Monday, October 9, 2006
By BEN MCCARTY
News staff writer
September 20, 2006
There were fireworks both in the air and on the ground Friday night for the annual meeting between Hood River Valley and The Dalles-Wahtonka. A week after being shut down by Forest Grove, the Hood River coaching staff went back to the drawing board and lit up the Indian Eagles with 376 rushing yards. Leading the way was Eric Lujano who ran for 112 yards, and had the pyrotechnicians setting off fireworks after every Eagle touchdown working overtime as he made three trips to the end zone in the 35-6 victory.
Following the loss to Forest Grove last week, Coach Tracy Jackson decided to switch back to the Double Wing offense that averaged over 30 points a game last year.
“The fact is, the single wing wasn’t taking,” Jackson said. “We’ve got too much potential as a group to be trying to learn something new right now.”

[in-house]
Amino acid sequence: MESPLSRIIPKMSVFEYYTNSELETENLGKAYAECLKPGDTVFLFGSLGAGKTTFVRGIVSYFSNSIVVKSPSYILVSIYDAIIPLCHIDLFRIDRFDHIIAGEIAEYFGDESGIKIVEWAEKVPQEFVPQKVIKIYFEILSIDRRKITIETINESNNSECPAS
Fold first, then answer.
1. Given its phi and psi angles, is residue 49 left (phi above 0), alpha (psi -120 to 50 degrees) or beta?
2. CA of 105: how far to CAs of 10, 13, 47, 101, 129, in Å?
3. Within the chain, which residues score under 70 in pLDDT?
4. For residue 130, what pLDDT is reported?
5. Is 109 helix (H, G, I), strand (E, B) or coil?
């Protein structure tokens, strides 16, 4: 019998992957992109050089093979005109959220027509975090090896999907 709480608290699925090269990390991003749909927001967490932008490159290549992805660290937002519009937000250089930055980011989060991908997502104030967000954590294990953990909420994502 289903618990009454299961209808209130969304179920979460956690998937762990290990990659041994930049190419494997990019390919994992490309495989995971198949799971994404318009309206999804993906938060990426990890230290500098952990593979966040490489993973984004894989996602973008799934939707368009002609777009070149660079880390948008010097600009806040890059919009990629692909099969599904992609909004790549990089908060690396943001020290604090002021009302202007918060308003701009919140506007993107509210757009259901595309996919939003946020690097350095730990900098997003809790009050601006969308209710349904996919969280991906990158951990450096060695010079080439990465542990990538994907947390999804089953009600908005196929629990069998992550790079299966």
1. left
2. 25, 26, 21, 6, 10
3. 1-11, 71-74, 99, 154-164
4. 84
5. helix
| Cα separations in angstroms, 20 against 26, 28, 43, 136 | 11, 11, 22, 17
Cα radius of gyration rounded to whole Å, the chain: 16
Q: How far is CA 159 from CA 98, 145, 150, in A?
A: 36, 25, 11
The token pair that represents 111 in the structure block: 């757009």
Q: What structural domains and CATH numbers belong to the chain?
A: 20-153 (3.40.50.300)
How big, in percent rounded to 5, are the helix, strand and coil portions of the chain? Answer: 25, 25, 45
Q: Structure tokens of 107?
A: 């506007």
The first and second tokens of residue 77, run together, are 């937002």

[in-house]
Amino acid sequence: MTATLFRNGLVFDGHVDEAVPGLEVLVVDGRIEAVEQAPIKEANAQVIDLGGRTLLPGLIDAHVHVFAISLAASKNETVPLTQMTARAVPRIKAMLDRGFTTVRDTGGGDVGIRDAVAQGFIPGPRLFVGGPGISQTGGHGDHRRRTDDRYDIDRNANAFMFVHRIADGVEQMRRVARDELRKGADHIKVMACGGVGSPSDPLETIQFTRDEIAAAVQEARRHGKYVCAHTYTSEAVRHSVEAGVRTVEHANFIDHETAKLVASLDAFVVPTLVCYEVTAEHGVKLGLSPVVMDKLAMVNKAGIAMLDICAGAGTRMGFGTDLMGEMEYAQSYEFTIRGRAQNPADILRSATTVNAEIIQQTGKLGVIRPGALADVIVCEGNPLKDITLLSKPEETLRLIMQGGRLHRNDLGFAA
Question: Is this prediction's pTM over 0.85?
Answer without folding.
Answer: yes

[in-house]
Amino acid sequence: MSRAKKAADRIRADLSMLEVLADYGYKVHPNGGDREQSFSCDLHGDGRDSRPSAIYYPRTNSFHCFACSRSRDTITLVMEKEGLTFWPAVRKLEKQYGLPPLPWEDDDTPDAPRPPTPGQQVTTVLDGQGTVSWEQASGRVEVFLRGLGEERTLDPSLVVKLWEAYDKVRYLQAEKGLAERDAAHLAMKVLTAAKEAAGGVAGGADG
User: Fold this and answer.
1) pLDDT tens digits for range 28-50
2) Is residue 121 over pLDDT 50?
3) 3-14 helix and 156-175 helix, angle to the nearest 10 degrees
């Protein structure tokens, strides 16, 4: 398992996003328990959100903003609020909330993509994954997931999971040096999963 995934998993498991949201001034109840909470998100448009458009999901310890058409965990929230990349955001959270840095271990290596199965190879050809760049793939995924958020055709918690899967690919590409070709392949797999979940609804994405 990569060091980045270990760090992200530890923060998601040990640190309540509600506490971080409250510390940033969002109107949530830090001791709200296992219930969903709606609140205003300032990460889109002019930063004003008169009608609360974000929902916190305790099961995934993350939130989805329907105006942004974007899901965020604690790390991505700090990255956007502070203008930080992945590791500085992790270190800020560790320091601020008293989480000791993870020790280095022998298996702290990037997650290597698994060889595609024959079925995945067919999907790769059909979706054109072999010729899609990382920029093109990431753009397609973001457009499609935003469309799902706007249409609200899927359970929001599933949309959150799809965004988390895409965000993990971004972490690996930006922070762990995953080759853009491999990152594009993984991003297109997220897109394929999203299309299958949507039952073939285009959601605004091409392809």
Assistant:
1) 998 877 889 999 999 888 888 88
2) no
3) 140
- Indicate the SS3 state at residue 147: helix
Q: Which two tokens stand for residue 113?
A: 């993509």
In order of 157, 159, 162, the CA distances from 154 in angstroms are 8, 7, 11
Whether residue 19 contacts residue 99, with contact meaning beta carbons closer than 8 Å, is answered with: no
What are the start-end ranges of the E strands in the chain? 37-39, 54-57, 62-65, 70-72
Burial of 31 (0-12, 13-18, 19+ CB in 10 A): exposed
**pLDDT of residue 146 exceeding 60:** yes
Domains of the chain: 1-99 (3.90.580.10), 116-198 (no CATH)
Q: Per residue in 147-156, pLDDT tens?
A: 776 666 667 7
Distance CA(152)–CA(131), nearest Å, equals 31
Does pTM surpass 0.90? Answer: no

The switch worked out well for the Eagles as the offense ran up the rushing yards, and the defense again played a big game, including a goal line stand on the opening series that kept the Indian Eagles from scoring. Points went on the board early, when Lujano sprinted 55 yards to put the Eagles up 7-0 with just over a minute gone in the game.
On their first possession the Indian Eagles pushed inside the Hood River five yard line but were stopped four straight times and turned the ball over on downs.
The Indian Eagles had another opportunity to score a few minutes later when they had the ball inside the Eagles 20-yard line, but instead of kicking a field goal, they elected to go for it on fourth and eight and Ian Bohince swatted down Kyle VanCleave’s pass to give the ball back to Hood River. The Eagles took over and marched down the field, capping the drive with a two-yard touchdown run by Lujano in the opening seconds of the second quarter.